Polish edition of the French 3-minute thesis contest

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We have the pleasure to announce that one of our PhD students, Nour-el-hana Abbassi is competing in the French “Ma thèse en 180s” contest. The aim is to explain to the general public what is being done in any field of research from sociology to hard core mathematics in under 3 minutes.
 
You can find Norhane’s presentation HERE (YouTube) and HERE. The video is in French but the English subtitles are available. If you like the video, please support our student by voting for her – https://okf.uw.edu.pl/fr/2224-2/. Indeed, because of the pandemic, the rules were altered this year and the grading will be on one part be done by the number of people that will vote for her.
Thank you for your support and good luck to our contestant!

 

Nour-el-hana Abbassi, fot. by Ela Wątor

If you prefer reading instead of watching or you are not too fluent in French here we provide an English transcript of the presentation:

Let me tell you the story of a letter. You see, letters are magic! When put end to end, they can form words, and it is thanks to these combinations of signs that we can express ourselves, exchange, read and transmit messages…

Speaking of signs, who didn’t ever wonder if accents were really necessary in French? Especially on dictation days! Unfortunately for us, the answer is yes! We can see two different meanings in these two expressions “Augmentation des retraites” and “Augmentation des retraités”. The appearance of the accent changes the meaning of the sentence. The first expression predicts more money for retired people, while the second expresses that there will be less money because there are more retirees. But did you know that in our cells, accentuation rules are also important? They help us prevent neurodegenerative diseases or cancers! In the cell, we have a writer, the genome, who will provide information in a four-letter language. Before being read, the text needs to be checked and corrected by editors and proofreaders. The interpreters will then be responsible for translating the book into a 21-letter language. It is therefore imperative that the original text has the correct syntax. My work involves one of these editors. Its name is Elongator Complex and its purpose is to add an accent on the letters that need it. In my case, this is the letter U, and the accent is more of a modification called cm5.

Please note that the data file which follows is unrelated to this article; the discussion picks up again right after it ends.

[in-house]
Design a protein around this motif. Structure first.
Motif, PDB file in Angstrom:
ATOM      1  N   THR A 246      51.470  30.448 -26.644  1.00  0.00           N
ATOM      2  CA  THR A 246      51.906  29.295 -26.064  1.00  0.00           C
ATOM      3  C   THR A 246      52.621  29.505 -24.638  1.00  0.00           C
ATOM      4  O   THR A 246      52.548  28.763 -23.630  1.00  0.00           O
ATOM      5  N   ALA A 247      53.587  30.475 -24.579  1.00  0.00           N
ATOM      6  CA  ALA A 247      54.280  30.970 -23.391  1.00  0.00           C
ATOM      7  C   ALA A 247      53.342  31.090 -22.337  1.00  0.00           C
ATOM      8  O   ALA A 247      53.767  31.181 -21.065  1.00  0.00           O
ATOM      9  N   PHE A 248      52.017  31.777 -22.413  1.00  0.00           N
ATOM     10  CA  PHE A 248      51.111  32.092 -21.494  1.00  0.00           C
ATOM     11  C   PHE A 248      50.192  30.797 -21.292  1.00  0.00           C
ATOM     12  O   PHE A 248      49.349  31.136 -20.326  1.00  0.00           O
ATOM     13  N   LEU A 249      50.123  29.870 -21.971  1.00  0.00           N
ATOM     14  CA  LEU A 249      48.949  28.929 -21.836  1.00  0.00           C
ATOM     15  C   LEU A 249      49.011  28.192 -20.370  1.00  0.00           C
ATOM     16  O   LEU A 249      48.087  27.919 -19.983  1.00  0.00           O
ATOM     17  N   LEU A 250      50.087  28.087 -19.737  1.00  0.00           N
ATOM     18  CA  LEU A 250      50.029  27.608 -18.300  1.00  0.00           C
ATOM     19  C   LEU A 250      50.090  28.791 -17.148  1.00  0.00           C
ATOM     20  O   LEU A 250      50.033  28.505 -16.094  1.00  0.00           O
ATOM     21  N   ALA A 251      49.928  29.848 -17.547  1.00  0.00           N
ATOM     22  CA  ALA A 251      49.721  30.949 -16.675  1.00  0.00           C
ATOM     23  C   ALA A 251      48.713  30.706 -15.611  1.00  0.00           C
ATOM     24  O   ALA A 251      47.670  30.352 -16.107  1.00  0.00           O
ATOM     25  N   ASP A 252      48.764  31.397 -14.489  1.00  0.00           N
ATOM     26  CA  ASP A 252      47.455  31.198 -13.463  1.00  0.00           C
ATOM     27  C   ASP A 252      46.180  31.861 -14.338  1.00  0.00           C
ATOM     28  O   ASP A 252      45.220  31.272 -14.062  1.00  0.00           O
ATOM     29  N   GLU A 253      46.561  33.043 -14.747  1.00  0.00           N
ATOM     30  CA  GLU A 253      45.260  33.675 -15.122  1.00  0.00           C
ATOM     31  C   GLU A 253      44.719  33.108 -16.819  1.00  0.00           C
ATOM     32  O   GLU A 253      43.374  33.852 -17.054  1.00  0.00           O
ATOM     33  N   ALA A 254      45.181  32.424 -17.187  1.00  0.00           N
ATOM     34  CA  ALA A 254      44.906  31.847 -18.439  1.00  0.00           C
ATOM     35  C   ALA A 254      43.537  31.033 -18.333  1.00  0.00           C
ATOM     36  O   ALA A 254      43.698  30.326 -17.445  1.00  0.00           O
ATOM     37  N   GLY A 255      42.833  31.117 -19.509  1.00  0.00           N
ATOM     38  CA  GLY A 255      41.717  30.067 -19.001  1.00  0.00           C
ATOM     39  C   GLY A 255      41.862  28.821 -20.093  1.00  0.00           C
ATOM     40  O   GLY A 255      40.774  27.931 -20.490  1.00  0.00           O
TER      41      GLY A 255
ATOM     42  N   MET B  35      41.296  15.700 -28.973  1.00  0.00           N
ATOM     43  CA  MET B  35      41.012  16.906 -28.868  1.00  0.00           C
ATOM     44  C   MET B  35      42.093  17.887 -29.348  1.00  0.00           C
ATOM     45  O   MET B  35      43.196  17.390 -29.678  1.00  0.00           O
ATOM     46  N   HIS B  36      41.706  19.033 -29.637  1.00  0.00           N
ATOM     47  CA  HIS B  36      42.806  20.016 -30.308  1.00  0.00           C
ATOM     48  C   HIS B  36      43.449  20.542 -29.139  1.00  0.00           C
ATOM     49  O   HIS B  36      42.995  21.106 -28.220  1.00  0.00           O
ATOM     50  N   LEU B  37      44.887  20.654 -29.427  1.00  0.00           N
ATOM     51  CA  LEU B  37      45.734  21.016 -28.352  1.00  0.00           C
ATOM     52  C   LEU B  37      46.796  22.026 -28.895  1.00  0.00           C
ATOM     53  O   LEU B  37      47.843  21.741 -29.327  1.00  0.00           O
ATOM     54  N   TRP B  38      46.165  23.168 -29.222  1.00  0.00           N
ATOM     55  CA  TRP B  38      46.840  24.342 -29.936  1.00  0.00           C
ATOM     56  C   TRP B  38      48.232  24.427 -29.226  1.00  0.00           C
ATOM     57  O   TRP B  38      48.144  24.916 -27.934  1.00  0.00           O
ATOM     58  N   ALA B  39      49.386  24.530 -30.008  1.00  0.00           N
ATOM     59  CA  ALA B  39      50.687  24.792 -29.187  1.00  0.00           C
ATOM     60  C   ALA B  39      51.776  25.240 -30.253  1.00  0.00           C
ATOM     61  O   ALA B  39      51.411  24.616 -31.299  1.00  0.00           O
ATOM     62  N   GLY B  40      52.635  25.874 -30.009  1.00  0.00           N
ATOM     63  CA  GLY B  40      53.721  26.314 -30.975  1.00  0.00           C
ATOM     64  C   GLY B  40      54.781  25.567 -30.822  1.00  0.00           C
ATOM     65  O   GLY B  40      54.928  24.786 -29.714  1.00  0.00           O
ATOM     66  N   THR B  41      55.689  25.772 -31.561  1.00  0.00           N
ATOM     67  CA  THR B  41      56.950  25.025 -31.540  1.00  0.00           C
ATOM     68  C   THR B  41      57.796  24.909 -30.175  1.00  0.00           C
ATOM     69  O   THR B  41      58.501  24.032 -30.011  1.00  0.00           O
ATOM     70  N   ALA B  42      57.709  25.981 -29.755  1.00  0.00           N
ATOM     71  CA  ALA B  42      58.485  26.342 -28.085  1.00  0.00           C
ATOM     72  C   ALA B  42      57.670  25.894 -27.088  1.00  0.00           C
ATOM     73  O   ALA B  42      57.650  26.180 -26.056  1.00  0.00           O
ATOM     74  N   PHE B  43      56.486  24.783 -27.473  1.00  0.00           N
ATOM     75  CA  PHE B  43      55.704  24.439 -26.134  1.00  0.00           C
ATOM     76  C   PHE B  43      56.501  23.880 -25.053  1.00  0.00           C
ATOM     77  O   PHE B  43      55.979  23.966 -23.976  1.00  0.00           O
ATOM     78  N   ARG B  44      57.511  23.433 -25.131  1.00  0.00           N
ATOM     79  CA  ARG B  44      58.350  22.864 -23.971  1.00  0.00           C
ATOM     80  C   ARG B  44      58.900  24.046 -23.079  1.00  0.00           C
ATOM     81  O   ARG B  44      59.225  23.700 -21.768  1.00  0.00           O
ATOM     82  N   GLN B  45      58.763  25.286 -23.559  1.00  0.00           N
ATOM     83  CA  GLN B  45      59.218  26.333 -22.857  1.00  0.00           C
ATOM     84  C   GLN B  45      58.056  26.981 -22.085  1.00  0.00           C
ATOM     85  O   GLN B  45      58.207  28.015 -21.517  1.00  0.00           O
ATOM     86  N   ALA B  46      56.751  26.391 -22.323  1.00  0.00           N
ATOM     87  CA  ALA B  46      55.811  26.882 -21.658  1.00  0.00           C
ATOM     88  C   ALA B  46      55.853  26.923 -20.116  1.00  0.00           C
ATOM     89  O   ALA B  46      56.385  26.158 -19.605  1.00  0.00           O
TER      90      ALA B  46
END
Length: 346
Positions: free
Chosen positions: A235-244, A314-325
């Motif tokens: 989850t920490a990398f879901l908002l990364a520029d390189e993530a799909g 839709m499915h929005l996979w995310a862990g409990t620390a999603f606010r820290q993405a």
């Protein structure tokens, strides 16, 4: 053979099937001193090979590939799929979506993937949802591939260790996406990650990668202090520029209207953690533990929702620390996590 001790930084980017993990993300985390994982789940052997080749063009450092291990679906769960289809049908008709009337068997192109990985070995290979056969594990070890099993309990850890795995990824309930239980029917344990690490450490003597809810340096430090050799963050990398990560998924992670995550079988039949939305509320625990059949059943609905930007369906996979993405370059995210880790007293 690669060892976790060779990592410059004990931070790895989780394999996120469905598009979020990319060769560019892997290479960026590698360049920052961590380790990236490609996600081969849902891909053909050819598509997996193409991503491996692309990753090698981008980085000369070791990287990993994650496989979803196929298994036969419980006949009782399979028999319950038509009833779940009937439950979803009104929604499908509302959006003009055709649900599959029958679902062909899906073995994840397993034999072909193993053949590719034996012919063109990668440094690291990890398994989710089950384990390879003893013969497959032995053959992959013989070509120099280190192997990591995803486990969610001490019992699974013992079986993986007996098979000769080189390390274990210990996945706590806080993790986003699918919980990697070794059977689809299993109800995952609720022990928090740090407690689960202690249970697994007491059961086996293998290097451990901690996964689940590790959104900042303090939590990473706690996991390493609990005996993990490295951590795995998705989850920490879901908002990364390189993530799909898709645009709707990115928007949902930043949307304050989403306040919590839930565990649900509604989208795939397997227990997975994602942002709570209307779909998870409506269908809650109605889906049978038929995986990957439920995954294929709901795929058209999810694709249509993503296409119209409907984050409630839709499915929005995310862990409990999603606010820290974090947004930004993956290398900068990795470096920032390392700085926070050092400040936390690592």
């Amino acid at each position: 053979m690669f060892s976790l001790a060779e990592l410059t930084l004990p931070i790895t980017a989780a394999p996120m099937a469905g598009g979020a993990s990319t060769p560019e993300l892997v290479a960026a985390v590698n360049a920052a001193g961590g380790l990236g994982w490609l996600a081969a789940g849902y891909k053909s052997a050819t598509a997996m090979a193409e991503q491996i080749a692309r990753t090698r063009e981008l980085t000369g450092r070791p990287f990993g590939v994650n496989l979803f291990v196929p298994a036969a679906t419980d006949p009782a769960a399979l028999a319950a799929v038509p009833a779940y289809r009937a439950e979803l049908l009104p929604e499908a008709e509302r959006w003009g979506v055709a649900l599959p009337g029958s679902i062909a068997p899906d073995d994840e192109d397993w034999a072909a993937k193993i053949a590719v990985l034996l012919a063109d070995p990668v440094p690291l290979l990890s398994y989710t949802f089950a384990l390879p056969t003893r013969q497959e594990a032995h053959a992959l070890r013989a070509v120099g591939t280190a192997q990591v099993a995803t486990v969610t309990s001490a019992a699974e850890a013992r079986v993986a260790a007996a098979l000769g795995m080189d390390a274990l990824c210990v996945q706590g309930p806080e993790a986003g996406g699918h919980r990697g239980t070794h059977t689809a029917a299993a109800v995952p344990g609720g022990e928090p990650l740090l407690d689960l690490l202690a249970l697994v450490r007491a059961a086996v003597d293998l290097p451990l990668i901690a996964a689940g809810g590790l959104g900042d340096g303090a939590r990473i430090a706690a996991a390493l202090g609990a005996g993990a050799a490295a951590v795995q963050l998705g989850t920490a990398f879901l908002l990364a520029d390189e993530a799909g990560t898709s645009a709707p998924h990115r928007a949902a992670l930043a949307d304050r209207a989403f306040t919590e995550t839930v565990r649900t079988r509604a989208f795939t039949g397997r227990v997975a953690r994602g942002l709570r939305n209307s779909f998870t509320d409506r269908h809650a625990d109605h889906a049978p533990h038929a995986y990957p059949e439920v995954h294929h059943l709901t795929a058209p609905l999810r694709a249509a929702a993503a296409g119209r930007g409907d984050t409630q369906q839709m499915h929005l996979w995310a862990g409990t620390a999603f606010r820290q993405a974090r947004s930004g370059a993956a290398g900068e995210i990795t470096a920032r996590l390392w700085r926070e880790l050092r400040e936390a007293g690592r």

To understand why we need this change, please look at my transfer RNA on the image. They are the ones who support and transport the letters. Only the three letters colored in blue and red are read at the same time by the reader. Kind of like the whole-word reading method in school. The U which will be modified is the last letter to be recognized and read by the reader. It is also slightly behind which does not facilitate reading! Fortunately, the emphasis given by my editor will facilitate recognition when necessary. This allows the interpreter to translate the right text and deliver the right message to the cell at a speed of 17 letters per second! I dare you to be as quick! The number of changes is crucial because if there are too many, the cell rushes to cancer, and if there are not enough, cases of neurodegenerative diseases emerge. My job is to establish which parts of my complex recognize the tRNA and place the modification. I also want to know if these parts are preserved across the species. Well after a lot of cut and paste, I discovered that it is the moving parts close to the heart of the complex that allows the recognition of transfer RNA.


Yes, I have the written proof in my references below. I also discovered that the activity of the complex is not exactly the same across the species studied. It is here, in my humble opinion, that magic and science come together. The same word-game gives us twin complexes that work differently, similar sentences that do not mean the same thing, and above all a tiny hope for our young retirees.

Thank you for listening